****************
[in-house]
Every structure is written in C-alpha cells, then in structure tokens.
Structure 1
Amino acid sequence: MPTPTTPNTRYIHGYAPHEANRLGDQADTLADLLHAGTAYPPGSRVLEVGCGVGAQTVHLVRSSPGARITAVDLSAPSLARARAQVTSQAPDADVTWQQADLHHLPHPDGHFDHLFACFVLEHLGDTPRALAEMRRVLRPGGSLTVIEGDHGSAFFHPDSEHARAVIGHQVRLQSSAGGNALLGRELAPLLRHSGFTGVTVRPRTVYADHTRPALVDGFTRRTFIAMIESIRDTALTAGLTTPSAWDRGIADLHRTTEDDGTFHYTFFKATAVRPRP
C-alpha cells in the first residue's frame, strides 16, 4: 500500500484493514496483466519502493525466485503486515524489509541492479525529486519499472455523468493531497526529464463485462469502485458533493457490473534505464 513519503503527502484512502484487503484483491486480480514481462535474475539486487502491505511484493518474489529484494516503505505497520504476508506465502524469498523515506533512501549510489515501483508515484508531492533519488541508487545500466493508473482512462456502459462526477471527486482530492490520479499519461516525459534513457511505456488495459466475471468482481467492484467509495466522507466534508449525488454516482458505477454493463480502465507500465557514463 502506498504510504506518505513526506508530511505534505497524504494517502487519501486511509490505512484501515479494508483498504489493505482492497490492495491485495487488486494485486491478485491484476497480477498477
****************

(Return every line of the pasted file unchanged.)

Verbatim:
[in-house]
Every structure is written in C-alpha cells, then in structure tokens.
Structure 1
Amino acid sequence: MPTPTTPNTRYIHGYAPHEANRLGDQADTLADLLHAGTAYPPGSRVLEVGCGVGAQTVHLVRSSPGARITAVDLSAPSLARARAQVTSQAPDADVTWQQADLHHLPHPDGHFDHLFACFVLEHLGDTPRALAEMRRVLRPGGSLTVIEGDHGSAFFHPDSEHARAVIGHQVRLQSSAGGNALLGRELAPLLRHSGFTGVTVRPRTVYADHTRPALVDGFTRRTFIAMIESIRDTALTAGLTTPSAWDRGIADLHRTTEDDGTFHYTFFKATAVRPRP
C-alpha cells in the first residue's frame, strides 16, 4: 500500500484493514496483466519502493525466485503486515524489509541492479525529486519499472455523468493531497526529464463485462469502485458533493457490473534505464 513519503503527502484512502484487503484483491486480480514481462535474475539486487502491505511484493518474489529484494516503505505497520504476508506465502524469498523515506533512501549510489515501483508515484508531492533519488541508487545500466493508473482512462456502459462526477471527486482530492490520479499519461516525459534513457511505456488495459466475471468482481467492484467509495466522507466534508449525488454516482458505477454493463480502465507500465557514463 502506498504510504506518505513526506508530511505534505497524504494517502487519501486511509490505512484501515479494508483498504489493505482492497490492495491485495487488486494485486491478485491484476497480477498477